We use a small magnetic board as a choice board, putting just the snack items that are choices that day (anywhere from 2 to 8 choices, depending on the child's skill level at choosing from an array).  For students who don't comprehend line drawings yet, we use photos of the actual food/drink, and for students at an object-level, we attach a piece of the food (cereal, small cookies, crackers, pretzels) or part of the packaging (poptart wrapper, the foil top of a pudding cup, juice box, koolaid packet) or a plastic version (apple, glass of milk) to the picture. 

How do I know how many choices to give? or whether to use drawings, photos, or objects? Glad you asked!! I determine this during discrete trial training.  Hold up a juice box and a container of milk and ask the child "Which one is juice?" or "Which one is milk?" - if they can do that consistently, then you know they can identify juice and milk.  Now do the same with photos.  Then with photos of a different juice box/milk container.  Then with line drawings (boardmaker pictures or other pictures).  Do this with other drinks and food items.  Only expect a child to communicate when you are sure that they know what they are communicating!! If they don't know that the sweet stuff they like to drink is represented by the boardmaker picture of the pitcher of red stuff with a smiley face, they won't be likely to ask you for koolaid using that picture!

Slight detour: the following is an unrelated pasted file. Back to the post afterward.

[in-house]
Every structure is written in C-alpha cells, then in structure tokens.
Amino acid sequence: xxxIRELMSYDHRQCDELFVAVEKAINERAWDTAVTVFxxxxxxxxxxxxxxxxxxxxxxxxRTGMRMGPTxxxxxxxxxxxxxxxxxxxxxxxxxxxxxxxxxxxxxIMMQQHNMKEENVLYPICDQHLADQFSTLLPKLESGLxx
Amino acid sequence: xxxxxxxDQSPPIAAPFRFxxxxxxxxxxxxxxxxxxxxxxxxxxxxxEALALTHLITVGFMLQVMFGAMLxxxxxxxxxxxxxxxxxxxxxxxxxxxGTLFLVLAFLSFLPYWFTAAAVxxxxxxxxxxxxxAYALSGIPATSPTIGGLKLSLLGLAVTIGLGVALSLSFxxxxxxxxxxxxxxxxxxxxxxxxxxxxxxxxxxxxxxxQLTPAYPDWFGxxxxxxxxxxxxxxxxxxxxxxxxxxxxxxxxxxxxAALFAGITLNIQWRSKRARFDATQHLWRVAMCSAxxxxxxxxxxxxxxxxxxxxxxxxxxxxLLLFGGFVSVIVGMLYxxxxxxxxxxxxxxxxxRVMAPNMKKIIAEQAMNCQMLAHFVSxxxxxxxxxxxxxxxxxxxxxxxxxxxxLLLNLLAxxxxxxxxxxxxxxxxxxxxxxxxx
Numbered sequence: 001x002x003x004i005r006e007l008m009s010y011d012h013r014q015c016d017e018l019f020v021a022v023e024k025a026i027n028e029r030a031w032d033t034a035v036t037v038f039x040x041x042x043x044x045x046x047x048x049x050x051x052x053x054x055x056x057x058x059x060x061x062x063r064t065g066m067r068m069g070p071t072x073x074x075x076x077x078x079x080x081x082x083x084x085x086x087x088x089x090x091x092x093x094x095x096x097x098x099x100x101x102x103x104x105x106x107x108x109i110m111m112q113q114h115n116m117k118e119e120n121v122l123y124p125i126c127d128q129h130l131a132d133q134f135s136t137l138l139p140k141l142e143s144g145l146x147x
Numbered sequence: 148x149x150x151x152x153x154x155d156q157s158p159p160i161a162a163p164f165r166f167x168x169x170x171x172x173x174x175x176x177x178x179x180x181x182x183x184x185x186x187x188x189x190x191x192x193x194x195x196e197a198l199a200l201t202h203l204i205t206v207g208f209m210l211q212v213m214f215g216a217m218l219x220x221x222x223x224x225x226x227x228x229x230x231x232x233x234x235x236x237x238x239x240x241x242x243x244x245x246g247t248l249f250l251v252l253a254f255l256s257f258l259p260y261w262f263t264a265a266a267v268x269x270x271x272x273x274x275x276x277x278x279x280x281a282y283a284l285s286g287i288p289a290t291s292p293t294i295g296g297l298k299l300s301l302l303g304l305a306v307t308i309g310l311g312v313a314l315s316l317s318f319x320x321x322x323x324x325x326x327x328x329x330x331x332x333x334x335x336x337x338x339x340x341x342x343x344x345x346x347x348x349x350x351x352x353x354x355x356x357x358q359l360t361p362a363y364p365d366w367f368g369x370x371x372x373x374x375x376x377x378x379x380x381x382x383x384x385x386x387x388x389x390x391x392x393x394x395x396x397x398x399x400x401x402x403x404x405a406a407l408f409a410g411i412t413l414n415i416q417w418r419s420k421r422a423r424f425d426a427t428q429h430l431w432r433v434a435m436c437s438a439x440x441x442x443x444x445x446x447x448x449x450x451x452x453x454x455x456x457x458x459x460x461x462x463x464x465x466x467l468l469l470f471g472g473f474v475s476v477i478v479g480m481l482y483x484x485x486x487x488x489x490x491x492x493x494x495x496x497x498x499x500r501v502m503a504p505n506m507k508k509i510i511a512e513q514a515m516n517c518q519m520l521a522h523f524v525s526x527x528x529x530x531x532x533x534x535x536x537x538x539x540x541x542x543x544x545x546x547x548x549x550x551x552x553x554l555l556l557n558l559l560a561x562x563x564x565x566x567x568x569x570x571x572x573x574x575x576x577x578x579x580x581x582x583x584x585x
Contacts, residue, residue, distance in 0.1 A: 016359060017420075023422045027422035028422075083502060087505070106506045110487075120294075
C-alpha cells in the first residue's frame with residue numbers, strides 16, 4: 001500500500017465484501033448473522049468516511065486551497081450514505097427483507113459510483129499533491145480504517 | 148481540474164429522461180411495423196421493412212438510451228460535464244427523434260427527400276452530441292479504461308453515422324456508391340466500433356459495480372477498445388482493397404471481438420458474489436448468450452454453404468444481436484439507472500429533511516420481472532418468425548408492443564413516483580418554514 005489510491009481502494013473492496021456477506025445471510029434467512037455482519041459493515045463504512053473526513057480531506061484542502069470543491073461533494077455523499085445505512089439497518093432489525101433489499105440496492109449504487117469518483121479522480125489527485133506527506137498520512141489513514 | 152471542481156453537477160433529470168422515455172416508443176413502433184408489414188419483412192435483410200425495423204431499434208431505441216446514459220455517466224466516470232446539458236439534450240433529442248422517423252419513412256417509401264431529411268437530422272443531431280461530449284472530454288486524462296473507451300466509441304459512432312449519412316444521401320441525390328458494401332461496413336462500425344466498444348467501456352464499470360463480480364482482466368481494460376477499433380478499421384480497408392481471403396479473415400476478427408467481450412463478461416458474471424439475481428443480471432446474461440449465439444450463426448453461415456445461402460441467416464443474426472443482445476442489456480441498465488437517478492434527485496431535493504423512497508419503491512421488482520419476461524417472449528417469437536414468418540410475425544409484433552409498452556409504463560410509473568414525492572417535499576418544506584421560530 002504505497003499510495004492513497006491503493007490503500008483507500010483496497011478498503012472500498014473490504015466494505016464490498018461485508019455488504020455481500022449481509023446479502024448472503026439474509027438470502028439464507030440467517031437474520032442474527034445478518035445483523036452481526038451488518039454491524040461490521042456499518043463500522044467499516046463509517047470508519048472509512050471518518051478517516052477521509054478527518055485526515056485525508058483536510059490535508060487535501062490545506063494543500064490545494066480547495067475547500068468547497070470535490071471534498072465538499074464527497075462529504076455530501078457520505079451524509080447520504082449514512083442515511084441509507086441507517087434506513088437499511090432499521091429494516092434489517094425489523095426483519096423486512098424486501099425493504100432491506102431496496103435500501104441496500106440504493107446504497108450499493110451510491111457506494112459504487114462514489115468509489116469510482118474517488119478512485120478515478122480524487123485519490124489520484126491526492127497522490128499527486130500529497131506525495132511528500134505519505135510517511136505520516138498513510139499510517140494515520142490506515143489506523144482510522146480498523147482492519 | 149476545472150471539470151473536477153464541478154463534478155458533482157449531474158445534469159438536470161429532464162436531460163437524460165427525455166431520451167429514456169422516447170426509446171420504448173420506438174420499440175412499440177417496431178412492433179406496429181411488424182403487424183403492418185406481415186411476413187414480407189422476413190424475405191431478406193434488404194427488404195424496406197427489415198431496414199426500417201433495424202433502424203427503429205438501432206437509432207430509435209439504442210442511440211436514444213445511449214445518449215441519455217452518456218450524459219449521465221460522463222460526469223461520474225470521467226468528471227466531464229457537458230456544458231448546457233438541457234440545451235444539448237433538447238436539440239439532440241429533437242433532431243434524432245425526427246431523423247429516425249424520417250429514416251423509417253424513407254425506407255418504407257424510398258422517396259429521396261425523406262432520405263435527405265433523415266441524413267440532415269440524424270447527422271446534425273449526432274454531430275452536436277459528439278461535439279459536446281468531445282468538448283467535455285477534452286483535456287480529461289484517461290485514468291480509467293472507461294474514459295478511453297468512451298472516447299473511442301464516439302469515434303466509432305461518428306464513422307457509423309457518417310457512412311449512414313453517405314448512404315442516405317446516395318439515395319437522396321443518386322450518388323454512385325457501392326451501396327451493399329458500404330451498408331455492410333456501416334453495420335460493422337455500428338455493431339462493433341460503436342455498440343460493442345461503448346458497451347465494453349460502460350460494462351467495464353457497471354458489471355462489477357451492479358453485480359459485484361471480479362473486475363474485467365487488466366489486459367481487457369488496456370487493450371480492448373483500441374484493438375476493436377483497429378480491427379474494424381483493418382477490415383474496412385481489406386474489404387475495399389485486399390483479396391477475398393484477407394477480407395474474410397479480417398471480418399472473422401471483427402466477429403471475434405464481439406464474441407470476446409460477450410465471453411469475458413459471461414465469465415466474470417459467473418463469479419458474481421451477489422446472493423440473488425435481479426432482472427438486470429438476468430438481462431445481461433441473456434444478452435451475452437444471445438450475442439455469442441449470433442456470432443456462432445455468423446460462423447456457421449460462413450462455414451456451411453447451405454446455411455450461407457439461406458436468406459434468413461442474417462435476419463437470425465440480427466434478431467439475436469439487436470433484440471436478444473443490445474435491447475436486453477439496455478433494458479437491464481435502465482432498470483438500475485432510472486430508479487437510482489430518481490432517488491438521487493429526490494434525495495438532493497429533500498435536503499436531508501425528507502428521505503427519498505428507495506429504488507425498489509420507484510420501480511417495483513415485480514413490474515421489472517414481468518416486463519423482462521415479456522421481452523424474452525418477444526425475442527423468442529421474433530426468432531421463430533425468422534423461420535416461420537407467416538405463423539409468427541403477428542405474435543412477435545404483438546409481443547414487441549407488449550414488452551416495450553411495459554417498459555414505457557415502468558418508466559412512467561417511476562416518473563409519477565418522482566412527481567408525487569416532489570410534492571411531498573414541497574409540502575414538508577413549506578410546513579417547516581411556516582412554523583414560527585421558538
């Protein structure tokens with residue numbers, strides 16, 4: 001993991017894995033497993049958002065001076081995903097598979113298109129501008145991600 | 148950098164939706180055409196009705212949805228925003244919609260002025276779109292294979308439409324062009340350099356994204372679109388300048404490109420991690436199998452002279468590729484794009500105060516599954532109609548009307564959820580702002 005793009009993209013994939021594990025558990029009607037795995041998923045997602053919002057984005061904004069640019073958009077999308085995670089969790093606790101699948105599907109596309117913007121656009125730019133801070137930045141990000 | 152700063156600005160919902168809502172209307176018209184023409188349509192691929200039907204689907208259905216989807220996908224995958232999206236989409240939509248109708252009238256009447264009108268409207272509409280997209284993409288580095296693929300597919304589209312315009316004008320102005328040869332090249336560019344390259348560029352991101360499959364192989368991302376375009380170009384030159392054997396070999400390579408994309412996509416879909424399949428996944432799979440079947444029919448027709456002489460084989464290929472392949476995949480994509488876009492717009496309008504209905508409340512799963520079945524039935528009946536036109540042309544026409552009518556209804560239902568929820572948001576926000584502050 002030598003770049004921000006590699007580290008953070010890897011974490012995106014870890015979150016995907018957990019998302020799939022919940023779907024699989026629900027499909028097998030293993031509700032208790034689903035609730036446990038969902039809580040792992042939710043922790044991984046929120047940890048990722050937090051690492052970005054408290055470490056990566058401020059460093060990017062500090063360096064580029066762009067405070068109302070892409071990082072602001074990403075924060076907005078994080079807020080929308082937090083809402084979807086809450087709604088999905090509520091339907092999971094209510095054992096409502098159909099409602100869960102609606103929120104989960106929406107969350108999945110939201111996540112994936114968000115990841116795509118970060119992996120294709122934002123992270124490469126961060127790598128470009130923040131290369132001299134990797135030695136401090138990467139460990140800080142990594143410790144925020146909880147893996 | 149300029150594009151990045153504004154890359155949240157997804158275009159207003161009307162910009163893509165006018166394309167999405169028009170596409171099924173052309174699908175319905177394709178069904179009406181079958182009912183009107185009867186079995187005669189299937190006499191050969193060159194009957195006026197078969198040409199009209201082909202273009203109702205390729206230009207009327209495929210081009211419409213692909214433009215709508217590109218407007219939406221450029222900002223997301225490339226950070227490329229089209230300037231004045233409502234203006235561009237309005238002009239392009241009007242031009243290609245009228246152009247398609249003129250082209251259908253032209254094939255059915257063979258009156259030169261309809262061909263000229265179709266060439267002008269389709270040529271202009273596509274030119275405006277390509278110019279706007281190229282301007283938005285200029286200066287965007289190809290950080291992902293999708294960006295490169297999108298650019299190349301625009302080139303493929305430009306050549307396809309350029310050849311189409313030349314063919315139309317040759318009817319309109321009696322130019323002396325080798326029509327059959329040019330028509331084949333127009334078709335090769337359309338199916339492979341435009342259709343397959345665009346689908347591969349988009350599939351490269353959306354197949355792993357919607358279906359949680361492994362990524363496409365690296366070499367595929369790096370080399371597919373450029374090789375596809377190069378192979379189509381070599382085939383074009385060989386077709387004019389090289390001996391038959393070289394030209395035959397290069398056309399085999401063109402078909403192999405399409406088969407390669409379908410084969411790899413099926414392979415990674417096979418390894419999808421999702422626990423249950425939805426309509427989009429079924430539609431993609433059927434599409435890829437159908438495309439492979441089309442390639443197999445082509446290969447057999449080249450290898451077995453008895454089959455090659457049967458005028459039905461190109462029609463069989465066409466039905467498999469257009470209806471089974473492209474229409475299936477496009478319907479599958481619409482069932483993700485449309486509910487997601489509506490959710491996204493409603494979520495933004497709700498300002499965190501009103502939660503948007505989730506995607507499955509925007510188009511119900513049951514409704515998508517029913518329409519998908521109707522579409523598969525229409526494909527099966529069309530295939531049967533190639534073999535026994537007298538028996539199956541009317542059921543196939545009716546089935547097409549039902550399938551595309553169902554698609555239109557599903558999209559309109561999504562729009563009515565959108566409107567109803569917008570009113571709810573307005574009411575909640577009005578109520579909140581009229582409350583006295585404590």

To determine how many choices, take something that you know the child can identify - either objects, photos or pictures.  Put out two different things and ask for one (which one is the pretzel?).  If they can do that, then put out three choices.  If they can do three, try four.  Keep going until you get to eight choices (sometimes I go as high as ten).  It's not often that you have to choose between more than 10 things - even kids' menus at restaurants don't have that many choices.  Whatever amount the child is consistently able to discrimate from is the number of choices I give them.  This way they have more variety but I know they are still able to actually tell me what they want instead of just randomly choosing something because they're overwhelmed by all the choices.

Keep in mind – if a student cannot discriminate between two objects yet (the juice box and the glass of milk, or the pretzel and the cereal) then we need to target that for instruction! I won't get into that now, but if you need help with that and can't wait until I blog about it J, maybe looking at this example of a discrete trial training session.